Don't trust what you see in the heavens.
We believe what we see, but astronomy has long taught us that our eyes deceive. What we see today might be the drama of the cosmos unfolded long ago. Past, present and future lose their meaning in the vastness of the universe.
Recently, researchers and telescopes detected the most distant object in the visible universe. While we celebrate the discovery, the fact is that this particular object likely no longer exists. So, even as we wonder how far we can see to the edge of the universe, it also invites the fundamental question, can we trust what we see?
This GRB, estimated to be 13.1 billion light years away, is one of the brightest stellar explosions recorded. NASA's space telescope SWIFT spotted the event first in April 2009 and then followed it with scores of ground based telescopes.
"It's the most distant gamma-ray burst, but it's also the most distant object in the universe overall," says Edo Berger of the Harvard-Smithsonian Center for Astrophysics, a member of the team that observed the afterglow with the Gemini North telescope.
Astronomers use something dubbed the "red shift" as a tool for determining distances in the universe. The red shift is the wavelength or frequency shift of light as it travels. This is similar to the changes in the frequency of an ambulance siren as it passes by. We perceive the declining frequency or lower pitch of sound as it travels even though the ambulance is producing it at the same frequency. Analysis of light from cosmic events, such as GRB, the most luminous event in the universe, enables researchers to measure the distance and origin of such events. Light is a messenger that conceals the details of its journey in its wavelength spectrum. It also means that if light does not reach us, there is no way of knowing what is out there in the farthest corners of the universe.
However, massive stars send the message of their demise as waves after a violent death in the form of supernovas. During this process the core of the star transforms into a highly dense neutron star sending the outer layer of stellar masses to form a nebula.
A nebula serves as the feeding ground for the next generation of stars. Nebulae teach us that death and birth are cyclic in the universe rather than absolute transformations. Our solar system was once a part of a nebula created from the death of a star caused by a supernova explosion. In nature, creation-preservation-destruction are continuous cycles, without beginning or end. As the Bhagvad Gita says, "Death is as sure for that which is born, as birth is for that which is dead."
The Eagle nebula, which is 7,000 light years way from earth, is one of the most admired nebulas, thanks to the Hubble telescope, which captured this nebula in all its majesty. The Eagle nebula shows huge columns of gas and dust light years across, which are known as the "Pillars of Creation." The pictures show that new stars are born in this stellar nursery. Astronomical calculations reveal that these pillars vanished 6,000 years ago due to a nearby supernova explosion. Yet, we will continue to see the intact pillars for another 1,000 years as the message of that destruction in the form of light has yet to reach us. Time is an illusion in which we live, along with space and is created by the movement of objects and perceptions. Time exists because we are bound to things through our senses.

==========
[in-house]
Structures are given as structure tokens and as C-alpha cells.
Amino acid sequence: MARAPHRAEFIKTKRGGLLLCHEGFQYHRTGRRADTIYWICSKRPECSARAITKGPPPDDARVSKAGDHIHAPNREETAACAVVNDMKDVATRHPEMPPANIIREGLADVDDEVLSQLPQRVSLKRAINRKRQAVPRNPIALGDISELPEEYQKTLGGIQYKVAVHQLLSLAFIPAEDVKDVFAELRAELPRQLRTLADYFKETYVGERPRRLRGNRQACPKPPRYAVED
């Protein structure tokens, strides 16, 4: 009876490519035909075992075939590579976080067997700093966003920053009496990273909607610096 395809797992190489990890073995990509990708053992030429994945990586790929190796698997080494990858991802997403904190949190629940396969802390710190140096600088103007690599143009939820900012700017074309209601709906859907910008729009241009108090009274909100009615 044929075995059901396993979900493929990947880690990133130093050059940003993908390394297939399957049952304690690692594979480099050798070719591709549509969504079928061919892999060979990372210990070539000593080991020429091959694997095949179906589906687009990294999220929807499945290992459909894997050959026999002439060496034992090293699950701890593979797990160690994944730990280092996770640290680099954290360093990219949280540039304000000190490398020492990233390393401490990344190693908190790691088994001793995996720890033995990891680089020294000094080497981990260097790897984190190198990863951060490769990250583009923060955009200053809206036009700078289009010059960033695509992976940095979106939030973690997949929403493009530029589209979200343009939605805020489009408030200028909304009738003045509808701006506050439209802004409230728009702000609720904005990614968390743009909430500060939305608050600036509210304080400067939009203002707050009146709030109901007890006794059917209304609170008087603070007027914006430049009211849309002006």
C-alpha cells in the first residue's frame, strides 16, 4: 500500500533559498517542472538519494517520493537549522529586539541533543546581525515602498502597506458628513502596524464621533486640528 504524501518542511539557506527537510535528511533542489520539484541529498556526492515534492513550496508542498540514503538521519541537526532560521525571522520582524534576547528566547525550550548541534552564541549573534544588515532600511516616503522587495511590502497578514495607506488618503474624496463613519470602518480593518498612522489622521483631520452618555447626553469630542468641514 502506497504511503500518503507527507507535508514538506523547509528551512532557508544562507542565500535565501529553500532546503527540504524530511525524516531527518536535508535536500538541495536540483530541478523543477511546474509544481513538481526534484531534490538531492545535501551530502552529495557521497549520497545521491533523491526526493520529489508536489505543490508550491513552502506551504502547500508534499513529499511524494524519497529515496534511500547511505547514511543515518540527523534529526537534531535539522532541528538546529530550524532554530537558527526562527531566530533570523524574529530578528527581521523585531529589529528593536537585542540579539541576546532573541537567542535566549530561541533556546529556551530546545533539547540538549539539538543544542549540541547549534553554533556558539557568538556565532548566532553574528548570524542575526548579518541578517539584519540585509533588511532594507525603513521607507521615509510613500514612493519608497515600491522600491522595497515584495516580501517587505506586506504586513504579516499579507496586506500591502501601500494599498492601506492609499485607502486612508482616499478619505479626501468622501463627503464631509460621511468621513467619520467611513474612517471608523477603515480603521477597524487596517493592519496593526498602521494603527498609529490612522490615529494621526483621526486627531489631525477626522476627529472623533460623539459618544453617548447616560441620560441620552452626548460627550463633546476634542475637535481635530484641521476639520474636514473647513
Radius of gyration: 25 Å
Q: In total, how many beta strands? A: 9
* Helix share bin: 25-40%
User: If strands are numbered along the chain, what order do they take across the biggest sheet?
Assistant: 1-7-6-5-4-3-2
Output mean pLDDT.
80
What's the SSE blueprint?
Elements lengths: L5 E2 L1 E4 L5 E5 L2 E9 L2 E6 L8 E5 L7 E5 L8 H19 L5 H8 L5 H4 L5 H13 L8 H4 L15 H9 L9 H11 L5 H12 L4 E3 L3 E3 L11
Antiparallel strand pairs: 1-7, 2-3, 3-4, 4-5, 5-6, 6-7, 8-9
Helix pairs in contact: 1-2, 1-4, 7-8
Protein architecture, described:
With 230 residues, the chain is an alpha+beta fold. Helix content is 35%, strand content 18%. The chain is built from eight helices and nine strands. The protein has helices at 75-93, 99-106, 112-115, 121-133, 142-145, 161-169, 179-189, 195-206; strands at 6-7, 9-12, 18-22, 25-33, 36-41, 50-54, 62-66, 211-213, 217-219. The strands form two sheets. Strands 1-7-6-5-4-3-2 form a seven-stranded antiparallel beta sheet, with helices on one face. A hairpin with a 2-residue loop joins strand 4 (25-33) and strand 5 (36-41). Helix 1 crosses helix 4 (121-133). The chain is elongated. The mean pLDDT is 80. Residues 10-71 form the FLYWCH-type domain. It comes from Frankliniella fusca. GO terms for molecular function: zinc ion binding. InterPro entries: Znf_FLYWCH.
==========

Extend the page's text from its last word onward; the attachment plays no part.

The stellar explosions more powerful than supernova are known as hypernovas. These rare events are capable of sterilizing life in their cosmic neighborhood. In a galaxy, such as our own, the Milky Way, these events occur rarely - once every 100,000 years. Given the billions of galaxies spanning the universe, however, it is a common event in the universe. If the supernova explosion leads to neutron stars, scientists think that hypernovas might create something more bizarre - a black hole. The GRBs are said to be the "birth cry" of black holes from the farthest corners of the universe.
When we look at the sun, in fact we are seeing the sun as it existed 8 minutes ago - the time light takes (at a speed of 186,000 miles per second) to travel the 93 million miles between sun and earth. Even if the sun disappears in a cosmic event, we will continue to see the non-existing sun for 8 minutes! We perceive the past of the sun as our present sun. By the same reasoning, what we are seeing of the GRB is an event that took place 13.1 billion years ago. This GRB and the resulting nebula must be long gone, but the earthlings see it now as the "messenger light" from that occurrence just reached us in this corner of the Milky Way galaxy. We are looking at this GRB today and seeing the yesterdays!
The visible universe represents the space we can conceive in the sense that radiation from there will reach us. There must be much more to explore beyond the visible universe, but we have no means of knowing. As the universe continues its expansion, eventually our Milky Way galaxy will be left alone in the universe with all the others departed to farther reaches. In the absence of any information from other galaxies, the mortals on this galaxy might assume that their universe is their own galaxy.
So how far can we see? The puzzling answer is around 13 billion light years. Our best telescopes can see a few million years after the origin of the universe. But we cannot see anything before the point when light emerged out of the baby universe. Asking the question "how far can we see" is actually the same as inquiring, "how far back in time can we see?" The expanding universe imposes a limit on our view and so we will not see anything beyond 13 billion years ago. And when we see it, unfortunately it will not be there any more! In the Gita, Krishna tells Arjuna, "All created beings are unmanifest in their beginning, manifest in their interim state, and unmanifest again when they are annihilated. So what need is there for lamentation?"